Why Do Warm Climates Have More Poisonous Animals than Cold Climates?
July 3, 2004 10:49 AM   Subscribe

Why do warm climates seem to have more poisonous animals than cold ones?
posted by gimonca to Science & Nature (8 answers total)
At a guess, I'd say it's because most of the commonly-known poisonous/venomous animals are reptiles, which are exothermic, and as such, generally require warm temperatures to survive.
posted by biscotti at 10:55 AM on July 3, 2004

But then there are spiders. Yet the nasty ones of these are also in the warmer places.

However the cool climates have their problems. Mosquitos and biting flies mar the peace in poison-free places like northern Michigan.

As for snakes, there are plenty non-poisonous ones in places without the poison ones. Even plenty of pit vipers (rattlers, cotton mouths, copperheads etc) in places that freeze in winter. The nastier ones like coral snakes, cobras and taipans (neurotoxic) are in warm climates.
posted by Goofyy at 11:47 AM on July 3, 2004

Not a biologist, only an amateur, but I haven't heard anything correlating venom/poison/toxins with warmer climates.

There's more stuff in the tropics. A hectare of Costa Rican rain forest will have more species than ten million hectares of Canadian tundra, or something along those lines. So you've got a larger sample to draw upon: Canada ends up with fewer poisonous plant species, but a whole whopping shitload of poison ivy, for example. So it's a question of biodiversity: 80 per cent of snake species, for example, are non-venomous; there's just a lot more species in the tropics, and you don't hear about the obscure little harmless slug-eating tree snakes that are neither deadly nor boa constrictors.

Ironically for your hypothesis, venom helps snakes in colder climates. Snakes require warm temperatures to digest their food. Venom, in addition to subduing prey that would be otherwise dangerous to take out, begins to digest it before it's swallowed. Fun! But it means that timber rattlesnakes, for example, digest their food better at colder temperatures than they otherwise would. (Snakes actually do better in cold temperatures than any other reptile, because they're all core and no extremities.)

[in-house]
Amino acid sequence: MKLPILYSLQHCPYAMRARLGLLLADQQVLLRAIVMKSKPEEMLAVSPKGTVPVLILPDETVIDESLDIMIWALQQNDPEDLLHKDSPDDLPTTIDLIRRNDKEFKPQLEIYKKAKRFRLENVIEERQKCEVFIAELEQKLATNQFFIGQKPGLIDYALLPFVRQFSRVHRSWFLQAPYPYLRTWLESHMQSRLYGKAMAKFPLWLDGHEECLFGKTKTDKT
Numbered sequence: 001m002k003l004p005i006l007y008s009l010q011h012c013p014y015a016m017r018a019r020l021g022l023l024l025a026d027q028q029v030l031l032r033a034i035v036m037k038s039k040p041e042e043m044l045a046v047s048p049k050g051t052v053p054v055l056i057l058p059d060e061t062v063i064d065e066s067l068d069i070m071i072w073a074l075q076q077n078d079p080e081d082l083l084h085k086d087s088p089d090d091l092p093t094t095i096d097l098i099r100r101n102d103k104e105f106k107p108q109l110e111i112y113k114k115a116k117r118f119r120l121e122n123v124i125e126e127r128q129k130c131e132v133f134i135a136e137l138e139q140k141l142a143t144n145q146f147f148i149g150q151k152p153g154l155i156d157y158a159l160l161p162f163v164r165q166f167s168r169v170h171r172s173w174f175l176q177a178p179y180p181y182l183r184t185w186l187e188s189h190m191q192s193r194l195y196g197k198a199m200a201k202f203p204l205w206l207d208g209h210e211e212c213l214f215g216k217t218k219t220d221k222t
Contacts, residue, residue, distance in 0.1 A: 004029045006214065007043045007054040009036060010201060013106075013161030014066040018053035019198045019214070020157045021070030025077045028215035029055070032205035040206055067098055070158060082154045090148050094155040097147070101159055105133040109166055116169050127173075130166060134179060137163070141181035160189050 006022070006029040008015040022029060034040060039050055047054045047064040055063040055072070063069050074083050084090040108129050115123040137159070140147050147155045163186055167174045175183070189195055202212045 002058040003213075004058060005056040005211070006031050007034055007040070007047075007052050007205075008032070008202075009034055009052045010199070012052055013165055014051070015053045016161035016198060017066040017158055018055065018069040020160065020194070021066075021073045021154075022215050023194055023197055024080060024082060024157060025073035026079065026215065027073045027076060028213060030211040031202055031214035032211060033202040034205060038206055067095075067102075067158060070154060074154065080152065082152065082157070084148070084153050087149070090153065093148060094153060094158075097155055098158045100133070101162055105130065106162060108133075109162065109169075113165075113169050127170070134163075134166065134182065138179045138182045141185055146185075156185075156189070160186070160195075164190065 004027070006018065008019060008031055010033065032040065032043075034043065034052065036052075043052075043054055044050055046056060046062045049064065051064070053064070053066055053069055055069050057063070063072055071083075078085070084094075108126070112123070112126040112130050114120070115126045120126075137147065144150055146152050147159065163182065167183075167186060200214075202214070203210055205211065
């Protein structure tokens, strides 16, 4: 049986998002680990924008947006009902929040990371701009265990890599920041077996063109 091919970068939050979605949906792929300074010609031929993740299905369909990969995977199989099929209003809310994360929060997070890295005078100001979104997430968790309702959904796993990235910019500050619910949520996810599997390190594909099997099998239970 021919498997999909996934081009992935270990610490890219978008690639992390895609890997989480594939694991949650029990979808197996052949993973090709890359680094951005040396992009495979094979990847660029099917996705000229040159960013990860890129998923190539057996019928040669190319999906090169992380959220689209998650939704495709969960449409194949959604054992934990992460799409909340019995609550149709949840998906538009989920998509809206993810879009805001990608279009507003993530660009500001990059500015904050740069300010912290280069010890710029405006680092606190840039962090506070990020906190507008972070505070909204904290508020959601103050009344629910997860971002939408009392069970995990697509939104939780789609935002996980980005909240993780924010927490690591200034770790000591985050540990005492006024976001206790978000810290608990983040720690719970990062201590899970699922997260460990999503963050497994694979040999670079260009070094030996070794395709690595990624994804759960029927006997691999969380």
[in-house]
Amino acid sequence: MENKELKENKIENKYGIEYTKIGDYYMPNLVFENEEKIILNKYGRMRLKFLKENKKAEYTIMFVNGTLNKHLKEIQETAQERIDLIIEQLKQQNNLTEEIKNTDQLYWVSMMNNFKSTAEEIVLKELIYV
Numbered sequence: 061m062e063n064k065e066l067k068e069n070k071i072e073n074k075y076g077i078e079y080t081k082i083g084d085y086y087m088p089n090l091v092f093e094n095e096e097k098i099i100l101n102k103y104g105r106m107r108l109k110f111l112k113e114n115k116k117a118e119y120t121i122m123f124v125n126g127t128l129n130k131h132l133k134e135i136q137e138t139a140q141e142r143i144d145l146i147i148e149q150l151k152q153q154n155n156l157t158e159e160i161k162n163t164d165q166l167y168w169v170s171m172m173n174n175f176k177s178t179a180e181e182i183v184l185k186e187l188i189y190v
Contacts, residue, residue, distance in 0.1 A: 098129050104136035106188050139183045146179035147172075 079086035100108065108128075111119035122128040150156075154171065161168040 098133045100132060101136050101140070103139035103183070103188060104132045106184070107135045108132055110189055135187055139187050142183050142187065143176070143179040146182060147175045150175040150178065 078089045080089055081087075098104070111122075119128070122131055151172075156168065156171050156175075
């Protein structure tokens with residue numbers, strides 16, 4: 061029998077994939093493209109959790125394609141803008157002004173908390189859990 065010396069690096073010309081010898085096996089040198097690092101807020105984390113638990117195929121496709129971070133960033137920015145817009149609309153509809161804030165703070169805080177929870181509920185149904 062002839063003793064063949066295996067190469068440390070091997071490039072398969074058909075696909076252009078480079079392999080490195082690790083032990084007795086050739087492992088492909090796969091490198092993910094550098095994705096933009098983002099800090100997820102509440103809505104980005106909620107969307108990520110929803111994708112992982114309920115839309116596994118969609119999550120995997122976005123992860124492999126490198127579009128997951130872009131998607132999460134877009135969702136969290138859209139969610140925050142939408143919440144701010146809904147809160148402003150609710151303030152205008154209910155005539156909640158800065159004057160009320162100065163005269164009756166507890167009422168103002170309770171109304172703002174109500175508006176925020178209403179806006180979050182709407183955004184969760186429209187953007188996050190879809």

The big invertebrates are found in the tropics; though size and toxicity don't seem to be correlated, I'd still feel better encountering a one-inch centipede than its foot-long monster tropical holy shit that's big cousin . . .
posted by mcwetboy at 11:52 AM on July 3, 2004

Another WAG, but it may also have something to do with an animal's energy budget. In cold regions, you need to dedicate more energy to just staying warm. An animal in a cold climate that's maintaining venom sacs is taking that away from what may be more immediate needs, making it less fit from a natural-selection standpoint.
posted by adamrice at 12:00 PM on July 3, 2004

I think it's just out of a sense of fairness. We get the dark and the cold, those born in permanent good weather should suffer somehow.

Or what mcwetboy said. A place like Canada doesn't generally have the wide variety of species here, especially in bugs, that you see in the tropics.
posted by Salmonberry at 12:55 PM on July 3, 2004

yeah, I was gonna throw in the "there's just more of everything there" hypothesis, too. Of course, that's true for the rain forest, but probably not for the desert... or anyway, less true for the desert. So does the desert have more poisonous species than an average northern forest? I have no idea. I guess in northern forests, you're more worried about large, strong mammals than about small, poisonous snakes, on average... perhaps that's just supporting biscotti's answer, that snakes, reptiles, insects might be poisonous, but mammals generally aren't (though they may carry diseases), and the species native to the different climates tend to break down that way too.
posted by mdn at 1:08 PM on July 3, 2004

It's interesting that it doesn't matter whether or not there actually *are* more poisonous animals in warm climates than cold climates, but that the perception exists that there are. I don't have any idea whether that's true. Let's see.

Contrary to mcwetboy, I think that size and toxicity are related, though not in an absolute way. I know that baby copperheads are more poisonous than adults. And are there any poisonous anythings bigger than a cat? Poison exists as a defense mechanism primarily among small animals, or as part of a predatory strategy among other small animals. Larger animals rely on their physical size or speed for predation and escape.

Now up to a point, large animals are better adapted to surviving in cold climates than small animals due to issues of body mass and heat retention. It follows then that if poison is a trait of small animals, and small animals aren't well adapted to cold environments, then there are fewer poisonous animals in cold climates by virtue of the fact that there are fewer small animals.
posted by Jeff Howard at 4:15 PM on July 3, 2004

"If it don't stick, stink or sting, it ain't from Texas."
posted by jfuller at 8:23 PM on July 3, 2004

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